Wrought Iron Gates
The Wilson City Council, which oversees the stadium as part of the city park system, agreed to provide $187,500 toward the estimated $532,500 cost of improvements. During a recent meeting, Councilman James Johnson III said the project is a good move because 65 to 70 percent of the cost will be paid for with outside funding.
“When I go into the stadium, I go into yesteryear,” said Councilman Donald Evans. “I do know there’s a lot of need for upfitting that stadium.”
BB&T and the Wilson County Tourism Development Authority each committed $150,000 during the next two years and the N.C. Baseball Museum, located at Fleming Stadium, plans to provide $45,000. The Wilson Tobs will also sign a 10-year lease with the city of Wilson, an agreement that’s valued at $150,000.
Mayor Bruce Rose said the project is an opportunity for the city to upgrade the stadium, which was built in 1939 and contains its original grandstand. Some recent improvements were made, including new stadium lights and ceiling fans in the grandstand.
“Aesthetically, we had to make improvements,” said Greg Suire, Wilson Tobs owner. “It will truly reenergize this facility.
“We want to make Fleming Stadium a bedrock of the center city of Wilson where we can use this facility for other things than just baseball. We need to make sure we keep Fleming Stadium and the center city vibrant and relevant.”
The chain link fence surrounding the front of the stadium will be removed and replaced with a wrought iron fence and brick pillars. New brick buildings will be added on each side of the ticket booth and a sunshield will provide a covering between the entrance and the grandstand.
The building on the right will house a new concession area, which will have a nearby seating area. Landscaping will be added to the front, as well.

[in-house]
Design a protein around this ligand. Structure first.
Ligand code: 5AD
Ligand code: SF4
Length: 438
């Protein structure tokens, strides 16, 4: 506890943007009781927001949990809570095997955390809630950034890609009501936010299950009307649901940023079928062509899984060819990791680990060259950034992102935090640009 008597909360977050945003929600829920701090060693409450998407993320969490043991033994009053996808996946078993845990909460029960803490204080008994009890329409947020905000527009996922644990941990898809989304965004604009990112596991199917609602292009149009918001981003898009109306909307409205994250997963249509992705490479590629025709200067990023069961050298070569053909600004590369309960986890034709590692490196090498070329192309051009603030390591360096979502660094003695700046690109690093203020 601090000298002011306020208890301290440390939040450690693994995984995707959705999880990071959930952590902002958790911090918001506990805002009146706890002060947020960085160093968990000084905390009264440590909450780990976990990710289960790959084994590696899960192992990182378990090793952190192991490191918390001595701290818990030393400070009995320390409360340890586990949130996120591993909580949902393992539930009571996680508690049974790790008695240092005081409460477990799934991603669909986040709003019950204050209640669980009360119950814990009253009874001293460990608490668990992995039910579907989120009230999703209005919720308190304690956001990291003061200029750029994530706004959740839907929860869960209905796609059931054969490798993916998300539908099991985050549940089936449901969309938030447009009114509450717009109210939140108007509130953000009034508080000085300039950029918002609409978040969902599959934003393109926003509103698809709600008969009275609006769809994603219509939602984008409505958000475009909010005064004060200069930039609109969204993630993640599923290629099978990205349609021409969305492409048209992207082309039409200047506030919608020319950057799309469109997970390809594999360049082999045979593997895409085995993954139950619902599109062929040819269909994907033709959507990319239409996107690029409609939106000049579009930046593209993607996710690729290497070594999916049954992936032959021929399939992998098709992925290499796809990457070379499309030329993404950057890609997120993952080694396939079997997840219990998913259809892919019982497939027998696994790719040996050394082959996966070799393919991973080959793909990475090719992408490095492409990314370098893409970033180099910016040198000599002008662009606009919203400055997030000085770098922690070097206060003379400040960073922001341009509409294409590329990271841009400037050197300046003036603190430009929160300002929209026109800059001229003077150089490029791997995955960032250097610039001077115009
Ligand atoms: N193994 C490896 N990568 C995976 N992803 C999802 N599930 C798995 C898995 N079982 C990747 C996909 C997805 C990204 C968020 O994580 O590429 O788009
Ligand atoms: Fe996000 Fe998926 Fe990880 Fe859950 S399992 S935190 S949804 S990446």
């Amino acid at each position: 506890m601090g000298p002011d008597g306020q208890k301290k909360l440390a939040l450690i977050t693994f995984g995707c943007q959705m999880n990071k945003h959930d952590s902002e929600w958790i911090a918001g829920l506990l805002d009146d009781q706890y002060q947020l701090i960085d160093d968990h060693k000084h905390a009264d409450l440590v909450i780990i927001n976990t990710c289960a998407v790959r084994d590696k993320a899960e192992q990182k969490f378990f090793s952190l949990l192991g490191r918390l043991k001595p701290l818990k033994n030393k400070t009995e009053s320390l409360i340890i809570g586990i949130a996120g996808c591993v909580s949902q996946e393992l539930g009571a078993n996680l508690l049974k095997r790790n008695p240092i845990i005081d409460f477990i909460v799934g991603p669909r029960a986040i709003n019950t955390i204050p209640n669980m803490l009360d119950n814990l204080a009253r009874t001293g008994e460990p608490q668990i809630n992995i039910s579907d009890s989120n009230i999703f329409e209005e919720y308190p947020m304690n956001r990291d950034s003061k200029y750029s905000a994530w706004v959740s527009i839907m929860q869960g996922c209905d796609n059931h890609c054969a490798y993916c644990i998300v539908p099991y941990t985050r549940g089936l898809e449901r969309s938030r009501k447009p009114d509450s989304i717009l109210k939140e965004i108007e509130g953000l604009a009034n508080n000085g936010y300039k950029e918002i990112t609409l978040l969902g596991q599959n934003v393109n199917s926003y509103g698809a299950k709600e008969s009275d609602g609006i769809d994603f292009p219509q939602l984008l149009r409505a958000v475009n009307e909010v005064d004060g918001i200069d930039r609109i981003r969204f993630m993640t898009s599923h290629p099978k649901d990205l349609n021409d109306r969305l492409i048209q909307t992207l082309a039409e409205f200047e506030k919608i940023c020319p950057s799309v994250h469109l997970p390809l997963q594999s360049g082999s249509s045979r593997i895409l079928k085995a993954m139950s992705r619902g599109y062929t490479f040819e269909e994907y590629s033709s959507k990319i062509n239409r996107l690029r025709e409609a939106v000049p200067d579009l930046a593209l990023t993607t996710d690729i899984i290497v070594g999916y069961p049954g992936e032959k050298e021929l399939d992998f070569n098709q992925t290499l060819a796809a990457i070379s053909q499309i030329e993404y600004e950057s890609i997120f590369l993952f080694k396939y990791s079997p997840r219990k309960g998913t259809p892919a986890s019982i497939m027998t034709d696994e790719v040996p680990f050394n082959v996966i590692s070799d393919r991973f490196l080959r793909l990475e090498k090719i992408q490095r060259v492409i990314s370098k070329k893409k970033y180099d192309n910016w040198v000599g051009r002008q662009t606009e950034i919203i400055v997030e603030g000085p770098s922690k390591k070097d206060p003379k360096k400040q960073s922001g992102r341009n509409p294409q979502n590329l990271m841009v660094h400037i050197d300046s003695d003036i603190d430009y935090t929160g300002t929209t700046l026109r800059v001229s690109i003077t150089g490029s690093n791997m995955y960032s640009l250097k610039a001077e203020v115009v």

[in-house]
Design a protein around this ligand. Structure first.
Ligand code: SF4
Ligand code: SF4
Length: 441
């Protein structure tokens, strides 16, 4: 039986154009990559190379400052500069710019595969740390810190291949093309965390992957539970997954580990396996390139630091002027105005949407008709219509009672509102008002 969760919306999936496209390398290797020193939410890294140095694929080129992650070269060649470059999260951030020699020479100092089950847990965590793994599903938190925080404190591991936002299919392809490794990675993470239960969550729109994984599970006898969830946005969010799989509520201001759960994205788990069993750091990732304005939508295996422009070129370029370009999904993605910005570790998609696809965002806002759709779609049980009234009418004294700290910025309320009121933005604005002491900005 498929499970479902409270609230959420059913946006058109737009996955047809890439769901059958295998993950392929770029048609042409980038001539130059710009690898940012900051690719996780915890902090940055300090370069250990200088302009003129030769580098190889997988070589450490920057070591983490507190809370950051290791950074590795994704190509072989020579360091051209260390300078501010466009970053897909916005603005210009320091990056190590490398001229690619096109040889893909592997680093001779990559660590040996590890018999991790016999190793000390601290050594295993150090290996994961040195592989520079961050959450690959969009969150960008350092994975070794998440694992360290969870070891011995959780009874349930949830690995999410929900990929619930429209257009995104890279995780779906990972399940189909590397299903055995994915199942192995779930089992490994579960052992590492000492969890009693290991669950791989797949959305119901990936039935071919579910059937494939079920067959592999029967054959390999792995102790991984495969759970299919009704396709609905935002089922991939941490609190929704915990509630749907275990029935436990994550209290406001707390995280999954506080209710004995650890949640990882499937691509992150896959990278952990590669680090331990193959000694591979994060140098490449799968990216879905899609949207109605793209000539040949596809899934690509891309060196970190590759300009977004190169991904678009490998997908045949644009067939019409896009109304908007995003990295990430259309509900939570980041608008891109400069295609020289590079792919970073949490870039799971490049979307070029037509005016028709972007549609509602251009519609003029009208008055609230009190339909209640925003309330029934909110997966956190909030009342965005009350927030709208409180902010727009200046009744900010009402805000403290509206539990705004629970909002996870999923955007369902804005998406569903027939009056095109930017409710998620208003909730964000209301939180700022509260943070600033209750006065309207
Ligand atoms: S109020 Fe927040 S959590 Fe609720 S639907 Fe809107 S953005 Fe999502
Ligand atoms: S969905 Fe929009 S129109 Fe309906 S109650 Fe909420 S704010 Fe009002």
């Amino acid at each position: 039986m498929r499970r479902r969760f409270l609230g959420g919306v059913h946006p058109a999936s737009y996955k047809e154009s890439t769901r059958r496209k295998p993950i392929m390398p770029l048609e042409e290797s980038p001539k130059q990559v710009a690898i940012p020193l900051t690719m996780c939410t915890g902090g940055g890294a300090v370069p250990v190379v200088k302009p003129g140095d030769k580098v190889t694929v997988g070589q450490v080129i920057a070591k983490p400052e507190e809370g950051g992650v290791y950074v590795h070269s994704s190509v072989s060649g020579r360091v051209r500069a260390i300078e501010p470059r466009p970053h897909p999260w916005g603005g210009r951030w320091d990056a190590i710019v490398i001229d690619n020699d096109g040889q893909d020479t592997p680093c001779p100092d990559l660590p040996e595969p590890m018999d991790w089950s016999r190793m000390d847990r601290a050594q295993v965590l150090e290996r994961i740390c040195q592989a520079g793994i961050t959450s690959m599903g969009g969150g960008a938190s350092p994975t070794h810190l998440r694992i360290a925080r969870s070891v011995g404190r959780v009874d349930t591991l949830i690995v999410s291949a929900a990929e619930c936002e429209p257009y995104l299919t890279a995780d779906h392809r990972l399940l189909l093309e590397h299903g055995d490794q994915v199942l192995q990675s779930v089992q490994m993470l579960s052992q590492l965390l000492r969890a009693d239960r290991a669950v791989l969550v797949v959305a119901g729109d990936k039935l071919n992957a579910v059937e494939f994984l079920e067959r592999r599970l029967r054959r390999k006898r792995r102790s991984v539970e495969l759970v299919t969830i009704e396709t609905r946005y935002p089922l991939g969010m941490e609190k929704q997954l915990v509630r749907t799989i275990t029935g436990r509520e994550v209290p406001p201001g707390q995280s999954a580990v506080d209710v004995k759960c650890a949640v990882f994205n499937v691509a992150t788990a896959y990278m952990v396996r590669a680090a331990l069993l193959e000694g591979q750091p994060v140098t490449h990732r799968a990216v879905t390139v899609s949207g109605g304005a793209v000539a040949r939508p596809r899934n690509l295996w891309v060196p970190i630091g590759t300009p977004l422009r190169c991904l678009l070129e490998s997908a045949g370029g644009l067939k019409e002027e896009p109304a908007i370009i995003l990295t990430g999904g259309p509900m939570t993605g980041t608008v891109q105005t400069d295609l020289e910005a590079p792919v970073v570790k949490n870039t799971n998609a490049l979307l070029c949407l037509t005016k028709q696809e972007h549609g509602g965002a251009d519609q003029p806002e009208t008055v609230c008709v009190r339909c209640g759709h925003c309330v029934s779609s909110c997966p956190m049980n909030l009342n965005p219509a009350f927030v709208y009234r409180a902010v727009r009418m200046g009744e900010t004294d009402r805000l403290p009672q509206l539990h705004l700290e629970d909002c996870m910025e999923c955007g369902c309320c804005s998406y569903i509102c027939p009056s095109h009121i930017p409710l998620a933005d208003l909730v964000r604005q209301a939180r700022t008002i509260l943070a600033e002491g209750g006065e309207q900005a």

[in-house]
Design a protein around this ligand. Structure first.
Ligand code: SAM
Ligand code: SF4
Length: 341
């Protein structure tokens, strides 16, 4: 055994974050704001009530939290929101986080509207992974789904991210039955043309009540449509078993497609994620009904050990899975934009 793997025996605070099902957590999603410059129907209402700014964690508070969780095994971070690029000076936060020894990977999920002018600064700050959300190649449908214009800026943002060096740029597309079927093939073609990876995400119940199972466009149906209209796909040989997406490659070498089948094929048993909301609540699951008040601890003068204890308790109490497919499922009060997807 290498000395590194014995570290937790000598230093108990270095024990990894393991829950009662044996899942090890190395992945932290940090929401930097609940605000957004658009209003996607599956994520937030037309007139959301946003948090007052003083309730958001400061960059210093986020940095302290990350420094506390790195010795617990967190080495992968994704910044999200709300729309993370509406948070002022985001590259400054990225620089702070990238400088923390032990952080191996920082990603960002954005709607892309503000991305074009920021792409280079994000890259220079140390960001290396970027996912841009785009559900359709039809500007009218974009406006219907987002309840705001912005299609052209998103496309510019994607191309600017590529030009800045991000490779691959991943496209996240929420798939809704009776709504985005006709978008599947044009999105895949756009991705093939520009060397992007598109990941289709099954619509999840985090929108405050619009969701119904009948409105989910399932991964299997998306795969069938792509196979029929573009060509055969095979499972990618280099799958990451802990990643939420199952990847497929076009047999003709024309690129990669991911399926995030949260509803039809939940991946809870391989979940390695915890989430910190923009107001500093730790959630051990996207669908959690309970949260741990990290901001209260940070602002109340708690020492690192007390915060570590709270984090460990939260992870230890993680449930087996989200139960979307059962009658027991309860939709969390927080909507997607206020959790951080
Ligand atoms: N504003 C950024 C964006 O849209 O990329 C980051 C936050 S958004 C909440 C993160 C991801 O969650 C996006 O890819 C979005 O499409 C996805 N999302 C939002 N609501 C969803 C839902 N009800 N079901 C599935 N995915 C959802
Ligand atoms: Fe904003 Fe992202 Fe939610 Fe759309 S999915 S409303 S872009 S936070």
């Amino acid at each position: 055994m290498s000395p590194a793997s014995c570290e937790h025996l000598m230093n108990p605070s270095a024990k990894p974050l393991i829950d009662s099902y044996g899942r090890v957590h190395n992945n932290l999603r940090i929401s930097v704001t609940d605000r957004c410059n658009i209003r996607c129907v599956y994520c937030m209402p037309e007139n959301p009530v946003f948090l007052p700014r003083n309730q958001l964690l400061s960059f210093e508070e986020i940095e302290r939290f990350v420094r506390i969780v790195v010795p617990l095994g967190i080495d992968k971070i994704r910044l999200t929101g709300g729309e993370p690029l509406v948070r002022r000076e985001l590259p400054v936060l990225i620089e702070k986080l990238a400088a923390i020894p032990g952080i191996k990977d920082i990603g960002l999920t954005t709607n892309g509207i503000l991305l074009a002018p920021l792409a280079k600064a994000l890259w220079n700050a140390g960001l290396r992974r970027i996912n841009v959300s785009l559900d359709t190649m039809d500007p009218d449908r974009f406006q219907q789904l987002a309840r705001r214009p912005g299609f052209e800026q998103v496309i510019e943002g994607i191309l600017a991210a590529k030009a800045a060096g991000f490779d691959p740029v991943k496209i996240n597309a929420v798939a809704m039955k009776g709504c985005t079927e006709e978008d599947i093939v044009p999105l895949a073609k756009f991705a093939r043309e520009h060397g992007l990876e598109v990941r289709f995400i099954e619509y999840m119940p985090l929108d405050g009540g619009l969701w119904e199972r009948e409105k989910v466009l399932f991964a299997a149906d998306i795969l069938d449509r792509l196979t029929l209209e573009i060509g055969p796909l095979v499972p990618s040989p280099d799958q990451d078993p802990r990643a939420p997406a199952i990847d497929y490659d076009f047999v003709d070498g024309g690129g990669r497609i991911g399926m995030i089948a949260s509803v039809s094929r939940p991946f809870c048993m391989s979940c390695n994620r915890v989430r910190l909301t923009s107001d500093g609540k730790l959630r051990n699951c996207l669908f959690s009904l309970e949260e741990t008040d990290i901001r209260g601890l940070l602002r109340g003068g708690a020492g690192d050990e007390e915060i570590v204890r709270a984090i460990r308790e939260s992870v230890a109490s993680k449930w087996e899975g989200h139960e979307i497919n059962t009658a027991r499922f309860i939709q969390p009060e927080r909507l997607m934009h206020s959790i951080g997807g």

The building on the left will have items from the N.C. Baseball Museum, which will be prominently displayed from windows and display cases. New restrooms will also be added. The existing baseball museum will remain in its current location, near the Wilson Tobs office at Fleming Stadium. The front display area for the museum will be a new feature anticipated to increase visitor traffic by tenfold, said Robin Hauser, director of sales and marketing for the Wilson Tobs. The area will also allow for more space for the museum, which is in need of an expansion.
“Hopefully, the museum will increase the interest of fans,” Suire said. “We want to properly present the N.C. Baseball Museum’s partnership with Fleming Stadium.”
A BB&T sign will be displayed at the entrance, along with Wilson Tobs and Fleming Stadium signs. The Wilson Visitors Center will also be advertised.
The Wilson County Tourism Development Authority supported the project because of its potential in drawing visitors to Wilson and the stadium.
“It’s a great plan and, I think, it’s worthy of our participation,” said Bowie Gray, chairman of the tourism board. “It would improve the facility tremendously. This will help the neighborhood. It will help the baseball museum as well.”
A timeline for the project has not been set but some landscaping improvements could be seen within the next several months, Suire said. Project plans, including architectural drawings, will need to be created as well as a construction contract that will be reviewed by the Wilson City Council.
The changes are anticipated to provide improvements in the Five Points neighborhood area where the stadium is located, at 300 Stadium St., Hauser said.
The improvements are also an effort to help make the stadium a location for more events throughout the year, including a training location for college baseball teams, said Thomas Webb, Wilson Tobs general manager.
“We want to make Fleming Stadium in Wilson a destination,” Webb said. “This is the start of getting away from our traditional schedule to make it year-round.”
A tipper truck was attempting to drive through the gatehouse entrance onto the green when the vehicle’s ladder became impaled on the wrought iron fascia at the top of the arch.
This was holding in place the two wrought iron gates underneath, providing stability to the whole structure.
In an attempt to disentangle itself, the truck’s movement sheared off the bearings securing the fascia and pulled down the extremely heavy fascia from its roof bearings and tore away the hinges securing the gates.
“The truck belongs to a local company, the owner of which has acknowledged responsibility,” said trustee, Cathy Taylor, who pointed out that the restoration had only been made possible by “many generous donations” from villagers and other members of the public.
“The repair work requires extra care, not only for safety reasons, but also because the gatehouse is Grade II-listed, meaning work undertaken is obliged to adhere to specific stipulations,” she said, adding that the trustees of Wonersh Church Green Trust were working to ensure that the fascia and gates were restored as soon as possible.